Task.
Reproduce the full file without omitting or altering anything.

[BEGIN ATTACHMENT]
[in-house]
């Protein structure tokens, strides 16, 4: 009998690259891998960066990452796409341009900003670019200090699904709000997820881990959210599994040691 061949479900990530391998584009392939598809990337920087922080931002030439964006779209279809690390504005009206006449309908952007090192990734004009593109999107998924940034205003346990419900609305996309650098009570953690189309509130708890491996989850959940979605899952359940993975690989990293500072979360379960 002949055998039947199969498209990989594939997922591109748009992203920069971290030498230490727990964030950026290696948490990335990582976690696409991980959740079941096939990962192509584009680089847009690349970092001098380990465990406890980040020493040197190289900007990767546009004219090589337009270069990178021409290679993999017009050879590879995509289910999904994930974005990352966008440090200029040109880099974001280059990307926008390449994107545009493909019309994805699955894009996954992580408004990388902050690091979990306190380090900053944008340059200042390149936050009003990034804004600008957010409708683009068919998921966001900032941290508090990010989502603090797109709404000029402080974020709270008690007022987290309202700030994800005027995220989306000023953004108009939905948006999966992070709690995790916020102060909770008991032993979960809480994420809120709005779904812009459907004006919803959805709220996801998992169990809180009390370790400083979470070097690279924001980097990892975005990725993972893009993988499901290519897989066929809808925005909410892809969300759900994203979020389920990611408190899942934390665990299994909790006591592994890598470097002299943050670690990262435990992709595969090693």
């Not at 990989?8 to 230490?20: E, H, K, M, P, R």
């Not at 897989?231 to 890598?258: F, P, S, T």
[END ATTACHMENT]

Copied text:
[in-house]
């Protein structure tokens, strides 16, 4: 009998690259891998960066990452796409341009900003670019200090699904709000997820881990959210599994040691 061949479900990530391998584009392939598809990337920087922080931002030439964006779209279809690390504005009206006449309908952007090192990734004009593109999107998924940034205003346990419900609305996309650098009570953690189309509130708890491996989850959940979605899952359940993975690989990293500072979360379960 002949055998039947199969498209990989594939997922591109748009992203920069971290030498230490727990964030950026290696948490990335990582976690696409991980959740079941096939990962192509584009680089847009690349970092001098380990465990406890980040020493040197190289900007990767546009004219090589337009270069990178021409290679993999017009050879590879995509289910999904994930974005990352966008440090200029040109880099974001280059990307926008390449994107545009493909019309994805699955894009996954992580408004990388902050690091979990306190380090900053944008340059200042390149936050009003990034804004600008957010409708683009068919998921966001900032941290508090990010989502603090797109709404000029402080974020709270008690007022987290309202700030994800005027995220989306000023953004108009939905948006999966992070709690995790916020102060909770008991032993979960809480994420809120709005779904812009459907004006919803959805709220996801998992169990809180009390370790400083979470070097690279924001980097990892975005990725993972893009993988499901290519897989066929809808925005909410892809969300759900994203979020389920990611408190899942934390665990299994909790006591592994890598470097002299943050670690990262435990992709595969090693």
């Not at 990989?8 to 230490?20: E, H, K, M, P, R």
């Not at 897989?231 to 890598?258: F, P, S, T």